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individuals may be more likely to care for a care-dependent person informally if there are organizational and structural changes that make day-to-day caregiving easier and if there are incentives. Outpatient care structures could be improved by making care arrangements fit the wants and needs of unpaid caregivers about how care for the elderly is set up. Due to population shifts, there are now more people in need of nursing care due to their advanced age and weak condition. This deterioration in health is followed by an all-encompassing process of adjusting to new circumstances on the part of the elderly and their loved ones. A preventative strategy to care planning is required to satisfy the demand for the altered service use and the load limit or breaking point for carers [Klinidtworth et al., 2017]. However, understanding the motivations of informal carers is crucial for taking their load limit and prospective capabilities into consideration. As a result, we conducted a literature review to learn more about the wants and needs of informal caregivers. This study explores in depth how the British people feels about caring for the elderly and their expected willingness to do so. [De Jong et al., 2020].

Being a caretaker in an informal setting may be quite taxing. Many people become caregivers without adequately preparing for the responsibilities involved, and they may not have many other options. This might be due to a moral or legal need to give care, a lack of formal alternatives, or a lack of knowledge about available options. Caregivers also incur substantial additional expenses due to the intangible nature of informal caregiving. These include the health effects of the physical and psychological load endured and the potential costs of missed wages, jobs, and pension benefits. Caregivers who do not get sufficient assistance may experience financial hardship, health problems, and feelings of loneliness as a result of providing unpaid care. More than a thousand family caregivers from around Europe were surveyed by COFACE Families Europe in 2017. The degree to which informal caregivers are impacted by these difficulties varies according to factors such as the kind of care regime in which they participate, the caregiver’s life stage when they take on this role, and the caregiver’s access to resources and decision-making power.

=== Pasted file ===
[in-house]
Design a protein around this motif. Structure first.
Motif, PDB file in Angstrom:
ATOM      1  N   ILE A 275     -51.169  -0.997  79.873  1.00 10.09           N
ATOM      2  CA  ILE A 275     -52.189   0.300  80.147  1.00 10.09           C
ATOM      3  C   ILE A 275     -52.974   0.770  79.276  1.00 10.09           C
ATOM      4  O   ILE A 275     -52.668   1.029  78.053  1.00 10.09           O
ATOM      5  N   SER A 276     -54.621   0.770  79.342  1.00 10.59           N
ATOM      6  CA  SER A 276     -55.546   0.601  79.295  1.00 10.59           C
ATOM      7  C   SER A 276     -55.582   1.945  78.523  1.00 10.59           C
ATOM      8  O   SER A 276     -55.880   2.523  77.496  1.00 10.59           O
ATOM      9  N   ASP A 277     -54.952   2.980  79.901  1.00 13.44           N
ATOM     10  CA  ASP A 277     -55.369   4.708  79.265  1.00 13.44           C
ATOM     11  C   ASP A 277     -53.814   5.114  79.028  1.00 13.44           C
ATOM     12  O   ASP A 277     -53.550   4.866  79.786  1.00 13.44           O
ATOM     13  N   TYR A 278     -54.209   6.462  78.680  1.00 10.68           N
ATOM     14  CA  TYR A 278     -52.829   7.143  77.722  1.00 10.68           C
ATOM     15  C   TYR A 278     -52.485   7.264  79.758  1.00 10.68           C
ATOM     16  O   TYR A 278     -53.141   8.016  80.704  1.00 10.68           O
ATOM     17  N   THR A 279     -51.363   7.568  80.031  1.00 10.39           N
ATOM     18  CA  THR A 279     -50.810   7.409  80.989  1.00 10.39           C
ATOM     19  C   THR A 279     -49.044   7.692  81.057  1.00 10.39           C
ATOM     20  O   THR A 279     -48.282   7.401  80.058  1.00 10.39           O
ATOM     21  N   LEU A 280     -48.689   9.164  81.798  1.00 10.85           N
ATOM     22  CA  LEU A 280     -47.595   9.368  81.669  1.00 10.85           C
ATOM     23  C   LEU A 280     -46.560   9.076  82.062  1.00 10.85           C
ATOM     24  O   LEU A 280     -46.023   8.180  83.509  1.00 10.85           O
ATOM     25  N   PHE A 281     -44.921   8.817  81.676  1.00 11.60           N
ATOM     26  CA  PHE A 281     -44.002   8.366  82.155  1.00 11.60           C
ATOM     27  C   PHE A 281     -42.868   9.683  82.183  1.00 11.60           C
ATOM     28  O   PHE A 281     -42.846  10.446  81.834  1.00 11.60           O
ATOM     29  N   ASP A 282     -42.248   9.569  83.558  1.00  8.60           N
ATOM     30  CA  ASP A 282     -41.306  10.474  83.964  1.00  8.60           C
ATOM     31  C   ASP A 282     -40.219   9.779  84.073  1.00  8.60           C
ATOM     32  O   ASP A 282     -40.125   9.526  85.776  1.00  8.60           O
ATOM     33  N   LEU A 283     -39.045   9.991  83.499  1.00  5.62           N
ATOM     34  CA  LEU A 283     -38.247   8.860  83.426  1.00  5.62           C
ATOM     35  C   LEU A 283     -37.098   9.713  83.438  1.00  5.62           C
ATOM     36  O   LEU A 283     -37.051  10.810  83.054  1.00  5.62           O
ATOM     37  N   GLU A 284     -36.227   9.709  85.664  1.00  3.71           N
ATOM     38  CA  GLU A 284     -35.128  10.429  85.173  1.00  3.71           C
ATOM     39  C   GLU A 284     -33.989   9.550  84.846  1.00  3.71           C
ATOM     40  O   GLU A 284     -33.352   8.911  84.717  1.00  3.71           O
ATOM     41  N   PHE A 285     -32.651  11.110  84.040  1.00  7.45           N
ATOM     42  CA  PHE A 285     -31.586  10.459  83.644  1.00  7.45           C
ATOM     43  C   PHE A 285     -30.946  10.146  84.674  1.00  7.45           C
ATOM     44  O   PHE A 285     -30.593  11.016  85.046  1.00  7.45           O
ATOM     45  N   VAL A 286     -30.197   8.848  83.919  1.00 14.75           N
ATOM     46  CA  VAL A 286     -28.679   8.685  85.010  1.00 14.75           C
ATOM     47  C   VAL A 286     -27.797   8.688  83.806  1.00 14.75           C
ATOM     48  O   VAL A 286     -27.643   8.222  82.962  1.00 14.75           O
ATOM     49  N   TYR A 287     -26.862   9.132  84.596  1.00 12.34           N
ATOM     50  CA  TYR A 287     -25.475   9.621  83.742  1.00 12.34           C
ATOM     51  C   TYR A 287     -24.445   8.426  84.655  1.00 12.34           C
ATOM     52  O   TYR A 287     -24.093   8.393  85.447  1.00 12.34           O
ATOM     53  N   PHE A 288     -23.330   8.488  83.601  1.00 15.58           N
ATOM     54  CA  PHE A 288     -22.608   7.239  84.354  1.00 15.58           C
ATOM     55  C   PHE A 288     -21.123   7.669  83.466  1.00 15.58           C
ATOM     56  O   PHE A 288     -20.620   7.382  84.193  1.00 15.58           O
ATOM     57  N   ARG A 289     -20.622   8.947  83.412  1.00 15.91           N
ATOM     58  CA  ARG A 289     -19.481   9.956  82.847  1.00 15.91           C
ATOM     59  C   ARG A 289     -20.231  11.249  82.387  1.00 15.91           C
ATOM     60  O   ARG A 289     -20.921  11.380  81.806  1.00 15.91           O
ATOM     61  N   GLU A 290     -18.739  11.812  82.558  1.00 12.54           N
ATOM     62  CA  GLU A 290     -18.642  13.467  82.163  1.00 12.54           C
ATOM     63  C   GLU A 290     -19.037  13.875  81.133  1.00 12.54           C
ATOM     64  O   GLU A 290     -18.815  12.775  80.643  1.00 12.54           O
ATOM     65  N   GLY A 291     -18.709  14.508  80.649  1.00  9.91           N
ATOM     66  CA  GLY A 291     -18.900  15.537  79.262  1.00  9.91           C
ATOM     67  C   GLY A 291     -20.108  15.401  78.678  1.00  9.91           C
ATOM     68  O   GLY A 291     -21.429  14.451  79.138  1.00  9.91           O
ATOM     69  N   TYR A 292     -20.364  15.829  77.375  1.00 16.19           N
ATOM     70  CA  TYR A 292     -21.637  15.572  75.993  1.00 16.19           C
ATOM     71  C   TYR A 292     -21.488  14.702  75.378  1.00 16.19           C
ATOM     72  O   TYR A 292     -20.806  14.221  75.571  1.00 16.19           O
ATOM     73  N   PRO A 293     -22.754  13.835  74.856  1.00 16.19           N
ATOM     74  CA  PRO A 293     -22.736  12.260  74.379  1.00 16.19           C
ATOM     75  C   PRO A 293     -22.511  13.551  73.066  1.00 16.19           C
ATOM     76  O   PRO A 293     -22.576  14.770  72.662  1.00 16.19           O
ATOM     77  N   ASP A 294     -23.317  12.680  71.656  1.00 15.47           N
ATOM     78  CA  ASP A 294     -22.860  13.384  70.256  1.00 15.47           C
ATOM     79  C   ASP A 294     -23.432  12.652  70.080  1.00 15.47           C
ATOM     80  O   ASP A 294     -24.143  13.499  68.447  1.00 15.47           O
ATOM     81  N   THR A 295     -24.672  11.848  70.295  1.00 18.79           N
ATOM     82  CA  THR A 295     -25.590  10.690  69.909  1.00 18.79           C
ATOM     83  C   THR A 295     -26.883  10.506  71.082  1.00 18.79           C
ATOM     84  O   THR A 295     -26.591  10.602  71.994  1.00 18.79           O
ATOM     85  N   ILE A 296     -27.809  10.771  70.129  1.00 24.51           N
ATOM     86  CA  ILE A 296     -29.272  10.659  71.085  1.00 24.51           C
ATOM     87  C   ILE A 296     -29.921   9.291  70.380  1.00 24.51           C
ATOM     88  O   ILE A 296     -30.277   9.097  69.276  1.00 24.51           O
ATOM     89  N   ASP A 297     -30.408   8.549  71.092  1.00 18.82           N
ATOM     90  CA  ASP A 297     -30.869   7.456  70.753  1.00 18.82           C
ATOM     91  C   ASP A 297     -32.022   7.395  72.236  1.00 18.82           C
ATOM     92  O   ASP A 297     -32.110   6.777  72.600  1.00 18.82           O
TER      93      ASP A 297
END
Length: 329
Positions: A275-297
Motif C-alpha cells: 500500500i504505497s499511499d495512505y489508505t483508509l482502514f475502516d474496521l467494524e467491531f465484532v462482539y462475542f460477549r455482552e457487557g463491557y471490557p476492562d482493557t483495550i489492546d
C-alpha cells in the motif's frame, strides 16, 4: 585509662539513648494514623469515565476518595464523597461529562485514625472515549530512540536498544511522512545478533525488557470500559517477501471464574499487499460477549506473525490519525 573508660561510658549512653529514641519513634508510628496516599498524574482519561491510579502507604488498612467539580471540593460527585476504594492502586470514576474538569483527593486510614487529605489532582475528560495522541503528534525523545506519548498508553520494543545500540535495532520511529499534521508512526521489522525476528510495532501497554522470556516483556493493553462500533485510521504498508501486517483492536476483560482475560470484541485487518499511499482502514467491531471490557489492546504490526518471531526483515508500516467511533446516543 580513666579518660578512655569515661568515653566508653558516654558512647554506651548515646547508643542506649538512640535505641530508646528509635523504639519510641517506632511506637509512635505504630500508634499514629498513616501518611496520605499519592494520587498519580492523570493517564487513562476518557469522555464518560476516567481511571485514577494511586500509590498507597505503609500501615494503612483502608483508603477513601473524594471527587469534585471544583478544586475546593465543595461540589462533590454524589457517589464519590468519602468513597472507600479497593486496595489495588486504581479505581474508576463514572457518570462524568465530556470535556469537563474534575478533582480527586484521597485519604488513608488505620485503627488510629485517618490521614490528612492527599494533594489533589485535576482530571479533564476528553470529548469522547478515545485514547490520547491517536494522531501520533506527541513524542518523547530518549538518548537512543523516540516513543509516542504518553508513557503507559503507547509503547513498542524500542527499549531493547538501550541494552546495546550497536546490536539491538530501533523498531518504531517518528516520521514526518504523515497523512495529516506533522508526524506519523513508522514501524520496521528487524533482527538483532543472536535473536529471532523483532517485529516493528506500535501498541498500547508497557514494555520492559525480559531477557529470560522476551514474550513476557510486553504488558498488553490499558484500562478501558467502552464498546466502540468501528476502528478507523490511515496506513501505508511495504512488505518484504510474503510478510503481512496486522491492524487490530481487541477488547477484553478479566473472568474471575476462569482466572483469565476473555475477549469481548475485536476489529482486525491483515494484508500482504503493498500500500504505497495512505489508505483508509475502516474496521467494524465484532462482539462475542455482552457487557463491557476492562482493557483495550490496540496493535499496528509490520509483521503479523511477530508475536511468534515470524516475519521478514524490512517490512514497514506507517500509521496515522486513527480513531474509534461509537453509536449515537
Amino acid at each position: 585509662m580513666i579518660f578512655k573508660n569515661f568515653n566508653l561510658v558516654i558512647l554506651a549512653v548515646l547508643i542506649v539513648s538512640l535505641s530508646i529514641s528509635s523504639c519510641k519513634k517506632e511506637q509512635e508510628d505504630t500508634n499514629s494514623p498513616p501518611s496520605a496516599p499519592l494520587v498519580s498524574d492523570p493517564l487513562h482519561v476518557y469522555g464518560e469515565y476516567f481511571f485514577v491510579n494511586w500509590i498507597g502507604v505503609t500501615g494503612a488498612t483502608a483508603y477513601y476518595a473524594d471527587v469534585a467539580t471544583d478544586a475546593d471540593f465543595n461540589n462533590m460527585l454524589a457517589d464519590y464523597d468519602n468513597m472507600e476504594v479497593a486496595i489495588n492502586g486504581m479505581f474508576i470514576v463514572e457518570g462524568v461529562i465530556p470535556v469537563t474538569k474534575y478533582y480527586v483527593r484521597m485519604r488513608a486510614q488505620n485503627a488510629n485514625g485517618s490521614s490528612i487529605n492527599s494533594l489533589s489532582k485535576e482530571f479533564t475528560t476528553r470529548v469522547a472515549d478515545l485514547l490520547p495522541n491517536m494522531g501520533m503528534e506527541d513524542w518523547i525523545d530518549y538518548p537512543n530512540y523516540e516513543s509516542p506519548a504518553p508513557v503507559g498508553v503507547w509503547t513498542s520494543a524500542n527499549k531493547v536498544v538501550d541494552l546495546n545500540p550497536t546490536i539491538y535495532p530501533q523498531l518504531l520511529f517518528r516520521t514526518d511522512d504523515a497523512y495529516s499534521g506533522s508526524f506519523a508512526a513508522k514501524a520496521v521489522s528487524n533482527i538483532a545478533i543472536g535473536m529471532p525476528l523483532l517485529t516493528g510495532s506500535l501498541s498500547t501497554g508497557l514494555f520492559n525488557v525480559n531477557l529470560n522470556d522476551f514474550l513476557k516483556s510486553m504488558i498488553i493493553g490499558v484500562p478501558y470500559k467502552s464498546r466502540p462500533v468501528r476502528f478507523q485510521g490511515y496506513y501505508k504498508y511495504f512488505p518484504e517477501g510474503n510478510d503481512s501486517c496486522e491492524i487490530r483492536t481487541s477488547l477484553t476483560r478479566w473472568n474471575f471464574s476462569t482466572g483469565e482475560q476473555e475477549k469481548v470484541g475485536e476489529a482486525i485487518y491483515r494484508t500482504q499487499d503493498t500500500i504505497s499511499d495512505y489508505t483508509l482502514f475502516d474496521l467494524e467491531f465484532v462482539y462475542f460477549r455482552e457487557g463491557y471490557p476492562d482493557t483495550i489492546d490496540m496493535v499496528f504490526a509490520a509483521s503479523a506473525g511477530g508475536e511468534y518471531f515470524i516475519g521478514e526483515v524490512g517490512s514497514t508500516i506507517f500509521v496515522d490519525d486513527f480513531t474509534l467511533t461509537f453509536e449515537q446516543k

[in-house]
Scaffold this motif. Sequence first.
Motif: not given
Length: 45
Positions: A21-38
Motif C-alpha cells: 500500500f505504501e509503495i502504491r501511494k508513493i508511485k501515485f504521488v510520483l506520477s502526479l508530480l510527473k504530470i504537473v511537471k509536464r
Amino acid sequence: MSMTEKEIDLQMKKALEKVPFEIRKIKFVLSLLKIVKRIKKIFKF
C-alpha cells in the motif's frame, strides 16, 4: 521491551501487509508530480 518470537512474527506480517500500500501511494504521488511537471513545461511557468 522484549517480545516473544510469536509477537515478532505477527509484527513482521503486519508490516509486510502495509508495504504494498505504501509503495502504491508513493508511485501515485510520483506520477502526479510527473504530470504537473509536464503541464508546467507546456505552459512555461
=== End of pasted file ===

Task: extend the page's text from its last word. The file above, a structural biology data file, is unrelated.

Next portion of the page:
Research question as shown at



Caregiver perspectives on the benefits and drawbacks of their work, as well as the factors that contribute to a favourable or bad experience in their interactions with patients’ families, will be included in a comprehensive study.

Role conflict theory in care giving